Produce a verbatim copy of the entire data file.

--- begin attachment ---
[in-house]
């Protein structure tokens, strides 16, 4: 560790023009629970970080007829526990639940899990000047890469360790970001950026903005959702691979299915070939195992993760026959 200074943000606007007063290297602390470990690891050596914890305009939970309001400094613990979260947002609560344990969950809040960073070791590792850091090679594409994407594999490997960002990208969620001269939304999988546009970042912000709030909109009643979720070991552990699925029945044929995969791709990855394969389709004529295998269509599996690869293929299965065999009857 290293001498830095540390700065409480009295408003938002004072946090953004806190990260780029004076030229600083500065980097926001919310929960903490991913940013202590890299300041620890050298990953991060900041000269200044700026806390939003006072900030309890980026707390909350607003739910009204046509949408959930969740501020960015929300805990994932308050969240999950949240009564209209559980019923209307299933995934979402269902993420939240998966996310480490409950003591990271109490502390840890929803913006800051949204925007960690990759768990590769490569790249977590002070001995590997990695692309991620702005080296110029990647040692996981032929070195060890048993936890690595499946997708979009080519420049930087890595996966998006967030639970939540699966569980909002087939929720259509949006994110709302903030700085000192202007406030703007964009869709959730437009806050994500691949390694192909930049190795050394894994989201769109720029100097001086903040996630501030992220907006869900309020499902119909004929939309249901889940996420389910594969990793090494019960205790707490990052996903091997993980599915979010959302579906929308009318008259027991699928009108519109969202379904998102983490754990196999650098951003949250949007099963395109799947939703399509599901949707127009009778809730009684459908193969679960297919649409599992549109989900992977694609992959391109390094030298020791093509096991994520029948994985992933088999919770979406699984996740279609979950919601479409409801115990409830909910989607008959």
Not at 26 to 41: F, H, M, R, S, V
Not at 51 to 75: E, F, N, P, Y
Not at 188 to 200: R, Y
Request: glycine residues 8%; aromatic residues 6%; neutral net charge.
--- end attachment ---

[in-house]
């Protein structure tokens, strides 16, 4: 560790023009629970970080007829526990639940899990000047890469360790970001950026903005959702691979299915070939195992993760026959 200074943000606007007063290297602390470990690891050596914890305009939970309001400094613990979260947002609560344990969950809040960073070791590792850091090679594409994407594999490997960002990208969620001269939304999988546009970042912000709030909109009643979720070991552990699925029945044929995969791709990855394969389709004529295998269509599996690869293929299965065999009857 290293001498830095540390700065409480009295408003938002004072946090953004806190990260780029004076030229600083500065980097926001919310929960903490991913940013202590890299300041620890050298990953991060900041000269200044700026806390939003006072900030309890980026707390909350607003739910009204046509949408959930969740501020960015929300805990994932308050969240999950949240009564209209559980019923209307299933995934979402269902993420939240998966996310480490409950003591990271109490502390840890929803913006800051949204925007960690990759768990590769490569790249977590002070001995590997990695692309991620702005080296110029990647040692996981032929070195060890048993936890690595499946997708979009080519420049930087890595996966998006967030639970939540699966569980909002087939929720259509949006994110709302903030700085000192202007406030703007964009869709959730437009806050994500691949390694192909930049190795050394894994989201769109720029100097001086903040996630501030992220907006869900309020499902119909004929939309249901889940996420389910594969990793090494019960205790707490990052996903091997993980599915979010959302579906929308009318008259027991699928009108519109969202379904998102983490754990196999650098951003949250949007099963395109799947939703399509599901949707127009009778809730009684459908193969679960297919649409599992549109989900992977694609992959391109390094030298020791093509096991994520029948994985992933088999919770979406699984996740279609979950919601479409409801115990409830909910989607008959």
Not at 26 to 41: F, H, M, R, S, V
Not at 51 to 75: E, F, N, P, Y
Not at 188 to 200: R, Y
Request: glycine residues 8%; aromatic residues 6%; neutral net charge.